When Palo Alto's elected officials learned last fall that they may soon be required to plan for more than 10,000 new housing units in the next decade, they quickly denounced the regional mandate as unrealistic, unattainable and deeply flawed.
Last month, however, the Association of Bay Area Governments has revised its numbers in a way that may have significant ramifications for the city and its housing plans. In a bid to better align with Plan Bay Area 2050, a broad document filled with strategies for Bay Area growth, ABAG revised the allocation figures in December.
For most cities, the revisions have resulted in only slight changes. Palo Alto is among the notable exceptions. Its total housing allocation has been reduced by 39% and now stands at 6,086 new units in the eight-year cycle between 2023 and 2031.
But while the numbers have changed, the City Council's concerns have not. On Monday night, during a broad discussion of Plan Bay Area 2050 and Regional Housing Needs Allocations, numerous council members continued to criticize the state's housing-allocation process and to offer reasons for why the numbers are not attainable.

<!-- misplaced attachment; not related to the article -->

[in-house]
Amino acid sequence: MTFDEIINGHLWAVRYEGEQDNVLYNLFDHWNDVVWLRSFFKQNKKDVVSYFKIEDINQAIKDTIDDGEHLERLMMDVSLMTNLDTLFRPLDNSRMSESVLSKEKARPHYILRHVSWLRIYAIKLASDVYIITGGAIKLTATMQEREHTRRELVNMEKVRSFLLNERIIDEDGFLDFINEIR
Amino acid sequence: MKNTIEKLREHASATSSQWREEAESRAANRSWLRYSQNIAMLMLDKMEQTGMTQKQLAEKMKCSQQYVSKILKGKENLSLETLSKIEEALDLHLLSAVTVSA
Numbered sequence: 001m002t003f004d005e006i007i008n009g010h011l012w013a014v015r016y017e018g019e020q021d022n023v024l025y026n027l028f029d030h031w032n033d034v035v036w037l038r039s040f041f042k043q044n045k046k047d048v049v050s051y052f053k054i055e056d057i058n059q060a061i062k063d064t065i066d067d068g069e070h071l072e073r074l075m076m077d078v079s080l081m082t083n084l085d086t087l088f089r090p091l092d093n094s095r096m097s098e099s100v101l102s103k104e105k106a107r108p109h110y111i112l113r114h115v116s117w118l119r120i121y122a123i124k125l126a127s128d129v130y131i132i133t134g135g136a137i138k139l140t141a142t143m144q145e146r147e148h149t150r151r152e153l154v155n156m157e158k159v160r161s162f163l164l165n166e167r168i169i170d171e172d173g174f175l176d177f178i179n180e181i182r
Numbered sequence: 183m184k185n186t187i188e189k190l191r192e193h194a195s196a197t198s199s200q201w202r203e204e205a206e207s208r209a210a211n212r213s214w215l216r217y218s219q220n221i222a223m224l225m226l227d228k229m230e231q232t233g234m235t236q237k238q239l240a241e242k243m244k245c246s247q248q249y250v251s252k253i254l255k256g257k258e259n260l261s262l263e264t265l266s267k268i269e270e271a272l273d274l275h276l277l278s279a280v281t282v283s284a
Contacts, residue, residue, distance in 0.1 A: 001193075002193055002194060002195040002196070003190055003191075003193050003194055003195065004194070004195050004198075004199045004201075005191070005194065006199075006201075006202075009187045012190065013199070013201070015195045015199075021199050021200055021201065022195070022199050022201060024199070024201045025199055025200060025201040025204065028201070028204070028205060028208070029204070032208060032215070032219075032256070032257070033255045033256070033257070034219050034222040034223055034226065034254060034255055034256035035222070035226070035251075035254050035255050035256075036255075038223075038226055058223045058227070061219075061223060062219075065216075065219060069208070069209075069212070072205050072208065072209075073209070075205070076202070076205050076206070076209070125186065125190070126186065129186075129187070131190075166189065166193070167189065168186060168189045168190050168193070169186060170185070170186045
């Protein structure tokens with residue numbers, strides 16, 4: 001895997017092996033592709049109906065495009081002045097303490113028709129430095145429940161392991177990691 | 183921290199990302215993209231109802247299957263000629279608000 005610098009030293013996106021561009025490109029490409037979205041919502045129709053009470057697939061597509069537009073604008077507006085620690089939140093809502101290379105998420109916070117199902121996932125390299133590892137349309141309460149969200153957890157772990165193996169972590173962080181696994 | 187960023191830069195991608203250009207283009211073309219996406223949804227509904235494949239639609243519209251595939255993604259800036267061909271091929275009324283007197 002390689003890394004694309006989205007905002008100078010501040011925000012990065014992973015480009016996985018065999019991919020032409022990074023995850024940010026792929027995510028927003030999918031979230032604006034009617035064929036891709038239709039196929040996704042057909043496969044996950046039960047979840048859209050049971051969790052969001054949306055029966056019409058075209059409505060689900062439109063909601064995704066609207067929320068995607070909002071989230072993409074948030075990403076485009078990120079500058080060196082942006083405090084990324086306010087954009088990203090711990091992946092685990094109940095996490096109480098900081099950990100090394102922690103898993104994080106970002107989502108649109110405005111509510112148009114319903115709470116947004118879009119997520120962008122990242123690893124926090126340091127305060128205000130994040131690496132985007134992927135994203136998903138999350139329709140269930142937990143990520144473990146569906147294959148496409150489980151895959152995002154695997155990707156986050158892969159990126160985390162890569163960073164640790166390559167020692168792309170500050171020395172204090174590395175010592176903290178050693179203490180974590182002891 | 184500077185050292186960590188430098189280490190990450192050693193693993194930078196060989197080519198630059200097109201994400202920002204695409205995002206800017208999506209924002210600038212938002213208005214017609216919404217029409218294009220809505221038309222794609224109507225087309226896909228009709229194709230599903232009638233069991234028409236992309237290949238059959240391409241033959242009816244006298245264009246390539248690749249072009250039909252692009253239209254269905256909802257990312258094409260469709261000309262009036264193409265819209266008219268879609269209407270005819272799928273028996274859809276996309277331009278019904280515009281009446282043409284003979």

Council member Lydia Kou, a frequent critic of regional housing mandates, called the recent decision to cut the allocations of Palo Alto and Cupertino "divisive" and suggested that the council should continue to oppose the RHNA process, a planning tool that she said has been "weaponized by state legislation."
"When this planning tool has penalties and also removal of local jurisdictions' land use and zoning, it's actually something we should fight back against and it is also setting us up to fail," Kou said.
Failure, however, would carry consequences. Recent state laws, most notably Senate Bill 35, create a streamlining approval process for residential developments in cities that have failed to meet their RHNA goals, effectively restricting the ability of these cities to reject development applications.
Mayor Tom DuBois said Monday that even with the recent reduction in the allocation, the new numbers represent a "pretty significant percentage of our housing." The new allocation, he noted, would still be about three times greater than Palo Alto's housing allocation in the current RHNA cycle, which is 1,988 units.
"With the new laws, there are now teeth to not hitting these numbers," DuBois said.